## 5.2. Compact and Perfect Sets

### Theorem 5.2.6: Heine-Borel Theorem

**S**of real numbers is compact if and only if every open cover

**C**of

**S**can be reduced to a finite subcovering.

### Proof:

First, assume that every open cover**C**of

**S**can be reduced to a finite subcovering. We will show that

**S**must then be closed and bounded, which means by the previous result that

**S**is compact.

**S** must be bounded: Take the collection
**C** = { :
**S**},
where
=
( - 1,
+ 1).
Then this collection is an open cover of **S**, and by assumption
can be reduced to a finite subcovering of **S**. But if
*a _{j1}* is the smallest of the centers of
the sets , and

*a*is the largest one, then

_{j2}**S**is contained in the set

*( a*and is therefore bounded.

_{j1}- 1, a_{j2}+ 1)
**S** must be closed: Suppose **S** was not closed. Then there
exists an accumulation point *s* of **S** that is not
contained in **S**. Since *s* is an accumulation point of
**S** we know:

- for any
*n > 1*there exists*a*with_{n}**S***| s - a*_{n}| < 1 / n

*s*must contain elements from

**S**. The sequence

*{ a*clearly converges to

_{n}}*s*. Define the collection of sets

**C**= { comp*([s - 1/n, s + 1/n]), n > 0 }*

**C**is open, being the complement of closed sets. They also cover

**S**, because the only point that this collection is missing is the point

*s*, which is not part of

**S**. By assumption, a finite subcover already covers

**S**. If

*N*is the largest index of that finite subcovering, then

*a*is not part of that subcovering. However,

_{N+1}*a*is an element of

_{N+1}**S**, so that this subcovering can not cover

**S**. That is a contradiction, showing that if

**S**was not closed, not every covering of

**S**can be reduced to a finite subcovering. Hence,

**S**must be closed.

Now we have to prove the other direction. Assume therefore that
**S** compact. Let **C** be any open cover of **S**. We
need to reduce **C** to a finite subcover. Since **S** is
compact, we know it is closed and bounded. Then
*a = inf( S)* and

*b = sup(*are both part of

**S**)**S**( Why ?). Define the set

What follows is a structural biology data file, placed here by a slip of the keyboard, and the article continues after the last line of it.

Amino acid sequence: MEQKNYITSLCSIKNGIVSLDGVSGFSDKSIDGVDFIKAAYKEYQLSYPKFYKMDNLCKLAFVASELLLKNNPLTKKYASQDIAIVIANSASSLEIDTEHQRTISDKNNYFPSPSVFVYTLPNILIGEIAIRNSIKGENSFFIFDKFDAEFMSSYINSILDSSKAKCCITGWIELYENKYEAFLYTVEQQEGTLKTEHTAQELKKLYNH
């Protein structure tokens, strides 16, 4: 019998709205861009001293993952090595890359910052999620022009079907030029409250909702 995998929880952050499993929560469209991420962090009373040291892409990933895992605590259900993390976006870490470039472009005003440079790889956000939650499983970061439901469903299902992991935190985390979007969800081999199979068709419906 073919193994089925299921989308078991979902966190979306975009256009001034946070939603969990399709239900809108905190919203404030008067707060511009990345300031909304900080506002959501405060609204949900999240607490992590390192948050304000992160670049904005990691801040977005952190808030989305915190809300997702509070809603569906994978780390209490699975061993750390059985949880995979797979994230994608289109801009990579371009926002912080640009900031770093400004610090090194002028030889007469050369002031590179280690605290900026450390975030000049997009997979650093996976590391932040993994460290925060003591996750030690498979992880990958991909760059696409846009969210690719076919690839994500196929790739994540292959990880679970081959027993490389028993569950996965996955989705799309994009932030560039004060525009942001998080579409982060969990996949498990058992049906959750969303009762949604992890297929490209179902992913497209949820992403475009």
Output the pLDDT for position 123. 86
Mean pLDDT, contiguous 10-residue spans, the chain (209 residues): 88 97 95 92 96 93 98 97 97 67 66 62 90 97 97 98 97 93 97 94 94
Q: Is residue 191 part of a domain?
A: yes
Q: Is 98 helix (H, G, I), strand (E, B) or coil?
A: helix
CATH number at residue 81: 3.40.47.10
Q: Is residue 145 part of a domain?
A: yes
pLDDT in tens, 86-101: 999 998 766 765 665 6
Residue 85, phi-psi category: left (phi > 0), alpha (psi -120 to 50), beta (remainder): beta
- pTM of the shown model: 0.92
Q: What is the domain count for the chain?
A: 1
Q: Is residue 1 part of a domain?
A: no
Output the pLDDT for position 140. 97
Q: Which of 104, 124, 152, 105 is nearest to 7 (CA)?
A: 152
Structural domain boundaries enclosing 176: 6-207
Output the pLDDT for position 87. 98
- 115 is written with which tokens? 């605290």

**A**as

- A = {
*x: x [a, b]*and a finite subcollection of**C**covers*[a, x]*}**S**

**A**is not empty (because

*a*). Define

**A***c = sup(A)*

**A**is a subset of

*[a, b]*, we know that

*a < c b*. Suppose

*c < b*. Since

**S**is closed, comp(

**S**) is open. Therefore, if

*c*comp(

**S**) then there exists an open neighborhood

**U**of

*c*that is contained in

*[a, b]*(because

*c < b*) and disjoint from

**S**. But then

*c*can not be the supremum of the set

**A**. Therefore, if

*c < b*then

*c*

**S**. Then

*c*must be contained in some set from the open cover

**C**of

**S**. Choose two points

*y*and

*z*in with

*y < c < z*. As before, there exists a finite subcollection of

**C**whose members cover

*[a, y]*. Then these sets, together with cover

**S***[a, z]*. But then

**S***z*, which means again that

**A***c*can not be the upper bound for

**A**. This means that assuming

*c < b*leads to a contradiction, so that

*c = b*. But that will be exactly what we need. If

*sup(*, then let be that member of the open cover

**A**) = c = b**C**that contains

*b*. There exists some open neighborhood

*(b - , b + )*contained in . But

*b -*is not an upper bound for

**A**, so there exists

*x*with

*x > b -*and

*x*. Then

**A***[a, x]*is covered by a finite number of members of

**S****C**. Together with the set these sets form a finite open cover for

**S**.

We have indeed reduced the open cover of **S** to a finite
subcovering of **S**, finishing the proof. I think.